I haven’t had many Saturdays lately that were just Saturdays – days without real plans, made for puttering and experimenting and maybe daydreaming. Today, this Saturday, is pretty much all mine. I drove Keifel to work very early for a weekend, dropping him about 7:45am. It was too early to go to the market but silly to drive all the home so I popped into Provence on 21st. I’ve been disappointed the last few times I’ve been there, the service has been off or the floors have been really dirty. Things seem a little improved today and I got an almond croissant, my favorite, and a latte and scrolled through some social media while the other early birds flocked in.
By the time I got to the market, the day was in full swing. I got milk and fruit. There were some gorgeous eggplant but no one at my house will eat them but me and as much as I love it, I don’t want to eat leftover eggplant for three days. The Peach Truck is still going strong so I picked up a bag of peaches and traded dollars with a couple other farmers for some huge blackberries and some tiny red plums I had never seen before (I wish I had thought to take a picture…).
The house was still quiet when I got home, so I dragged out the laundry baskets and made some coffee and set about making a batch of plum jam. I bought Food in Jars last spring with grand dreams of making Christmas presents of jeweled summer fruit in jars after a Saturday spent making some iffy strawberry jam with Andrea. Since purchasing the book I have perused its pages many times and made exactly zero things from it. I have actually made (so much better) strawberry jam a couple times and some devilishly good pickled onions but nothing from the book. I even bought a Kuhn Rikon pan with a rack insert big enough for exactly one pint jar… still nothing from the book. With my bounty from the market laid before me on the counter, I was determined to make something. I settled on the recipe for Small Batch Mixed Stone Fruit Jam thinking the plums wouldn’t equal the three cups of chopped fruit required and I would need to throw in at least one of the peaches.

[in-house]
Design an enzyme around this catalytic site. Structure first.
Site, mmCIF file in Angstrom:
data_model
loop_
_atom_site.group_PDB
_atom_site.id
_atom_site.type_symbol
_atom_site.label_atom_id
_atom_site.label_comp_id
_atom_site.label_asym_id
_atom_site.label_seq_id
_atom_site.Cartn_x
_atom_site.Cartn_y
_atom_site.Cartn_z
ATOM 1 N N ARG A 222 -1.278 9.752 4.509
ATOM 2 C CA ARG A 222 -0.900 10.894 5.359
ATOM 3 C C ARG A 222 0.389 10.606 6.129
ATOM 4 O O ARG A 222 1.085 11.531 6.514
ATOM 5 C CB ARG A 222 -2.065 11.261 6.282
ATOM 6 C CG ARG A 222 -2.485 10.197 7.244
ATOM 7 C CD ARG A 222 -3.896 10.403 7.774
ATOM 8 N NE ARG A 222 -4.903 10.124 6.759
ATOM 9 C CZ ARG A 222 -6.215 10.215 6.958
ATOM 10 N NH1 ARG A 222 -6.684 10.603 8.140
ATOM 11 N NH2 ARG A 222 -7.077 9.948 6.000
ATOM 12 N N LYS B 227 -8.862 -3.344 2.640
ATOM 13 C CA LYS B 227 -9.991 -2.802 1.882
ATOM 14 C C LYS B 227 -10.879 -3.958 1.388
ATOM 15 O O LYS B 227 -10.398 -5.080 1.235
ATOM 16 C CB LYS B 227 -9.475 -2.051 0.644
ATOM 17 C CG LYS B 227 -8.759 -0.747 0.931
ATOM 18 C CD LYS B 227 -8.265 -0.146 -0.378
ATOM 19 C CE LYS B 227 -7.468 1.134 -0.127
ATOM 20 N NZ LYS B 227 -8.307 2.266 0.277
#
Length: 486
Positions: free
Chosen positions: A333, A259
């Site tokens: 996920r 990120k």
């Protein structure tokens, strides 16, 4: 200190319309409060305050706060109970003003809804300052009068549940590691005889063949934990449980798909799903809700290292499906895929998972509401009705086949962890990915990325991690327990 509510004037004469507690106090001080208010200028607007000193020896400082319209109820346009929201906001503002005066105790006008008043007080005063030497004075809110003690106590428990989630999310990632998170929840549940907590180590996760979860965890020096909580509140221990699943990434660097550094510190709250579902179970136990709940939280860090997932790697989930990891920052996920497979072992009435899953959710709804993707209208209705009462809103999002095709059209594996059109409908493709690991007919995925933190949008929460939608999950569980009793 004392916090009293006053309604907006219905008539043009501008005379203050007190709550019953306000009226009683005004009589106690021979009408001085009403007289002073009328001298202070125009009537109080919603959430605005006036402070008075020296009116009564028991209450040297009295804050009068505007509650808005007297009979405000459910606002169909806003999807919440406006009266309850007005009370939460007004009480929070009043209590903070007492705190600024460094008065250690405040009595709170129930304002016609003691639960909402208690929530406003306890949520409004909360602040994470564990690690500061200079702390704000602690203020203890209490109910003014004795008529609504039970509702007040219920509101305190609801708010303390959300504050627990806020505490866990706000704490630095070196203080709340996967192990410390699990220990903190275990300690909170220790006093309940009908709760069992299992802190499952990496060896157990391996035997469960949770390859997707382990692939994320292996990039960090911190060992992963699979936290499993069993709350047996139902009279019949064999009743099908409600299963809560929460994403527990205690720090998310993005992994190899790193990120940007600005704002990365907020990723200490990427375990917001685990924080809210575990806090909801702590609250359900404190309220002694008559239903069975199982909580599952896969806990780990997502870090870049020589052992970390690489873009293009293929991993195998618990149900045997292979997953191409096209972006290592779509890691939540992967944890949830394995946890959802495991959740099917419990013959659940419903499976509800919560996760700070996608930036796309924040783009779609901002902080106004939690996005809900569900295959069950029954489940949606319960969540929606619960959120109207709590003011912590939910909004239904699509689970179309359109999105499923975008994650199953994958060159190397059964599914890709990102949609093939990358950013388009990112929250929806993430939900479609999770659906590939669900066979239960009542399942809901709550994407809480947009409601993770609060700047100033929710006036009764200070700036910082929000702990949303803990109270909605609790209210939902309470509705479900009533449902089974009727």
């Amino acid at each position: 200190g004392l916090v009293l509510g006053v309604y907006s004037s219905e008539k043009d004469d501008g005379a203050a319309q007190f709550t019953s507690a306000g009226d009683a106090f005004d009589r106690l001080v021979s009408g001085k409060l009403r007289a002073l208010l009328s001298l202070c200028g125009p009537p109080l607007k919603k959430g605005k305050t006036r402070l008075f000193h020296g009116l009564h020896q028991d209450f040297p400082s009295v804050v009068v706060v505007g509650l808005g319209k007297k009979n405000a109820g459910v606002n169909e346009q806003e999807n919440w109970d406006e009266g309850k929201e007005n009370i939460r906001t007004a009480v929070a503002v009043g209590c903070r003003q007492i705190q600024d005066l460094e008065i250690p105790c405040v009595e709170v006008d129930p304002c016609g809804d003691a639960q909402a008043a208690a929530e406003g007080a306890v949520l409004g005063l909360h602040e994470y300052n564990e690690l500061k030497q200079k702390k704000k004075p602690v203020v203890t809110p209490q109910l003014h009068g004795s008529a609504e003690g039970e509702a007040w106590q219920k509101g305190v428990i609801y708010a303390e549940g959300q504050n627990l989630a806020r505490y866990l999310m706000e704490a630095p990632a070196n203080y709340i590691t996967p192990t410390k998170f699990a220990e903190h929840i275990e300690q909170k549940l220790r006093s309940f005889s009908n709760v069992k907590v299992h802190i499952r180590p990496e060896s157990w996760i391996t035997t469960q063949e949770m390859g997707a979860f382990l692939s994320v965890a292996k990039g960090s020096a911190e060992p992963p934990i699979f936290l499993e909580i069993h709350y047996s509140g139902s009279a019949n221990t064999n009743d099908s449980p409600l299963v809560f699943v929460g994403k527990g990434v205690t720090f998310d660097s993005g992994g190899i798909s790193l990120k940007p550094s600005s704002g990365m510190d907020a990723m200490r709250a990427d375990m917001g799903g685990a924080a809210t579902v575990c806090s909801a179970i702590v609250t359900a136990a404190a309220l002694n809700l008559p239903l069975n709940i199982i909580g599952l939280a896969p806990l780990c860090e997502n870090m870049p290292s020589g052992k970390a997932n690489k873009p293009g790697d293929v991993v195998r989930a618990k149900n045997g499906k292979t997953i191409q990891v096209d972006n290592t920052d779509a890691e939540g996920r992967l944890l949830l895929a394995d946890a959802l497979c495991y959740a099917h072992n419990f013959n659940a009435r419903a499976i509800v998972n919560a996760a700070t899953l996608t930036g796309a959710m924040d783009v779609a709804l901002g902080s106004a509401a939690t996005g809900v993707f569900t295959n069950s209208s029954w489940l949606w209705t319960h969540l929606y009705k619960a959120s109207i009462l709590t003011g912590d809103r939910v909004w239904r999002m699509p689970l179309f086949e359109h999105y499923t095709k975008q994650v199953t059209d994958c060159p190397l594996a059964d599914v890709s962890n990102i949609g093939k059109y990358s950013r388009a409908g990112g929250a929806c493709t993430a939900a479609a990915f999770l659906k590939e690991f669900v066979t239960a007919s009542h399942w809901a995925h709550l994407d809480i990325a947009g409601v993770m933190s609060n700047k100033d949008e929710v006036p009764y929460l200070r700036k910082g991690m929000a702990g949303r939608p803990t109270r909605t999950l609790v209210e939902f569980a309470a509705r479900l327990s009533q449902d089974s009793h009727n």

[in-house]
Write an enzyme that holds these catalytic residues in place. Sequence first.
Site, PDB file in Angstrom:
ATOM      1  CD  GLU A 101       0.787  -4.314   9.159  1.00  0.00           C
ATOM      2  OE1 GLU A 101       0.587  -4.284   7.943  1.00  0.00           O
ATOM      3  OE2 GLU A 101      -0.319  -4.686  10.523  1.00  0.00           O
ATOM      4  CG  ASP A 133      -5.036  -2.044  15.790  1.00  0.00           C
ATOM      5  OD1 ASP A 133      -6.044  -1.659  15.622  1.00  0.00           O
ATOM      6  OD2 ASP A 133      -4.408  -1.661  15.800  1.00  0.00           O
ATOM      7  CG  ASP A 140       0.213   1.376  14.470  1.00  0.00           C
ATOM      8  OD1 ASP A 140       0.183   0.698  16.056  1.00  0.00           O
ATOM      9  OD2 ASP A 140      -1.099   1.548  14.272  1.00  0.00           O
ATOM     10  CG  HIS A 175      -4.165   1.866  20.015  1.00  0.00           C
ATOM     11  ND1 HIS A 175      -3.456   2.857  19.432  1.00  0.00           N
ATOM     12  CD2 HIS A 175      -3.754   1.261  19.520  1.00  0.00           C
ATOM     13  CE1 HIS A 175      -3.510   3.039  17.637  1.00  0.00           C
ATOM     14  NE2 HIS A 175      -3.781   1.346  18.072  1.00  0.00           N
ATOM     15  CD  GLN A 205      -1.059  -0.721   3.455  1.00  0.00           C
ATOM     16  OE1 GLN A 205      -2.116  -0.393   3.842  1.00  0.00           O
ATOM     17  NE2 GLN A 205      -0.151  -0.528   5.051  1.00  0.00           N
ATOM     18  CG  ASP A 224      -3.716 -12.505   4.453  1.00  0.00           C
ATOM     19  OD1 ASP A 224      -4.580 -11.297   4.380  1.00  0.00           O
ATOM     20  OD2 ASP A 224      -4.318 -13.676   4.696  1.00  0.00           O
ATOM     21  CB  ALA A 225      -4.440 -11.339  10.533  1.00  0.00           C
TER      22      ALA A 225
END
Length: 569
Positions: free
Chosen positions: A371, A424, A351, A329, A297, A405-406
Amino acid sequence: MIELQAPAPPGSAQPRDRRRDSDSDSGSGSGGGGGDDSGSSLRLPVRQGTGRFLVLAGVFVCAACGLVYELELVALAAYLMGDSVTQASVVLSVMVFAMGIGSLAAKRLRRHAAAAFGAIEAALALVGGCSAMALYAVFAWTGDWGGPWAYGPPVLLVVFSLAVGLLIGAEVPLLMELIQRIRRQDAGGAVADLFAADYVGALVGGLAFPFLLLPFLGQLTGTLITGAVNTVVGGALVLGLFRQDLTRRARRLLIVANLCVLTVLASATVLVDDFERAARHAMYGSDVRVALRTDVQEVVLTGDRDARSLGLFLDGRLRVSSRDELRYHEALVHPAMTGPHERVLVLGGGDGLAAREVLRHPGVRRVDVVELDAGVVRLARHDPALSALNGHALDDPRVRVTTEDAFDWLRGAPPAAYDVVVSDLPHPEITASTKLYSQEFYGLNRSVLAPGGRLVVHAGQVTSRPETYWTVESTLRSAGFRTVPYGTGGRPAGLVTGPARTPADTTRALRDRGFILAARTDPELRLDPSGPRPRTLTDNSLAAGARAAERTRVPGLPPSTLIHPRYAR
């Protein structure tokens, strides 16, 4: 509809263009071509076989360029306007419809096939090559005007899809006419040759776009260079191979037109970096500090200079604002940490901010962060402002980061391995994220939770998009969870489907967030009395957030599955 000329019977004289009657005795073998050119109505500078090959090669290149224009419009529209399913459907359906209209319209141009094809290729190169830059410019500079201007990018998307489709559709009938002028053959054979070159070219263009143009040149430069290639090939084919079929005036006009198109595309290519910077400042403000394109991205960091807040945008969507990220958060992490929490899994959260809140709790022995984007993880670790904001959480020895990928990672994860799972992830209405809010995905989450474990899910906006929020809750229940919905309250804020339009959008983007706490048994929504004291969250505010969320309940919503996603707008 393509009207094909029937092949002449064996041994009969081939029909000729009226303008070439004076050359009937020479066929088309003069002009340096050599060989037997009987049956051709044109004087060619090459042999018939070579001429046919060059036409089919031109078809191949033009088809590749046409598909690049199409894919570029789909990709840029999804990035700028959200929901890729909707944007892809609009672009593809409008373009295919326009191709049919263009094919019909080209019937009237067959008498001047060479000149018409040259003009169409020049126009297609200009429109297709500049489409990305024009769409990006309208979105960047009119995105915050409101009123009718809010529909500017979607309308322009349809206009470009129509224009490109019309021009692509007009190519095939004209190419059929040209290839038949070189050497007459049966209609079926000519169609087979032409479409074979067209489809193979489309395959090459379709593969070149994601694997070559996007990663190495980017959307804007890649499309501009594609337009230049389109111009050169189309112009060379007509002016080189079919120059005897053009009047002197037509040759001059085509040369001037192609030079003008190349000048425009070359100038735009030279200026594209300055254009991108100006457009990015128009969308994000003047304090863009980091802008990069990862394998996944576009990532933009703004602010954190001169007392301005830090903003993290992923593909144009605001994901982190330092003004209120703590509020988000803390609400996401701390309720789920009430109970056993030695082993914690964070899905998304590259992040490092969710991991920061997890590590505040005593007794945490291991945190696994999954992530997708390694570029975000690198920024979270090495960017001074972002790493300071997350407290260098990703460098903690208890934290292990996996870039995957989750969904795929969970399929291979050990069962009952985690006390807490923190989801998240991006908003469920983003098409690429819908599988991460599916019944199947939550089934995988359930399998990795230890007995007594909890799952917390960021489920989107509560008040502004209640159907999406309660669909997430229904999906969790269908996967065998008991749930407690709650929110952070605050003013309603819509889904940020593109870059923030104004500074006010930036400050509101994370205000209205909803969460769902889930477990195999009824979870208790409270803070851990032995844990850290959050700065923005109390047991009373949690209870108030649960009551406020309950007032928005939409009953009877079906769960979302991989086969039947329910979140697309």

The plums were exactly three cups. I grated in the zest of one lemon, pouring its juice in after and sifted the desiccated vanilla bean pods out of my jar of vanilla sugar (Ms McClellan had suggested adding a vanilla bean) and topping it up to two cups from the sugar canister. The sugared, lemoned plums hung out in the fridge while I started laundry, put the dishes away and had lunch with Julian (his breakfast). Then, on to serious jam making.
The recipe says the batch should be enough to fill three half-pint jars. Apparently I don’t have any half-pint jars. Apparently I have a whole box of wide-mouth pint jars (no idea), a couple small-mouth pints and two 1/4 pints. I set everything up best I could as I have not invested in a canning pot proper but use my pasta pot with a steamer in the bottom. This is not ideal as the pint jars are actually a little tall on the rack. The directions in the book are pretty spot on though it took a lot longer than I thought it would to reach the temperature suggested for a good set since there’s no added pectin. My batch made one full pint and one 1/4 pint of deeply purple jam. Of course I tasted the slick of jam left in the pan. I am always amazed at the natural spiciness of cooked plums. If it sets it’ll be wonderful.
As I typed the last line I heard the favorite sound of all home canners: the ping of a sealing jar.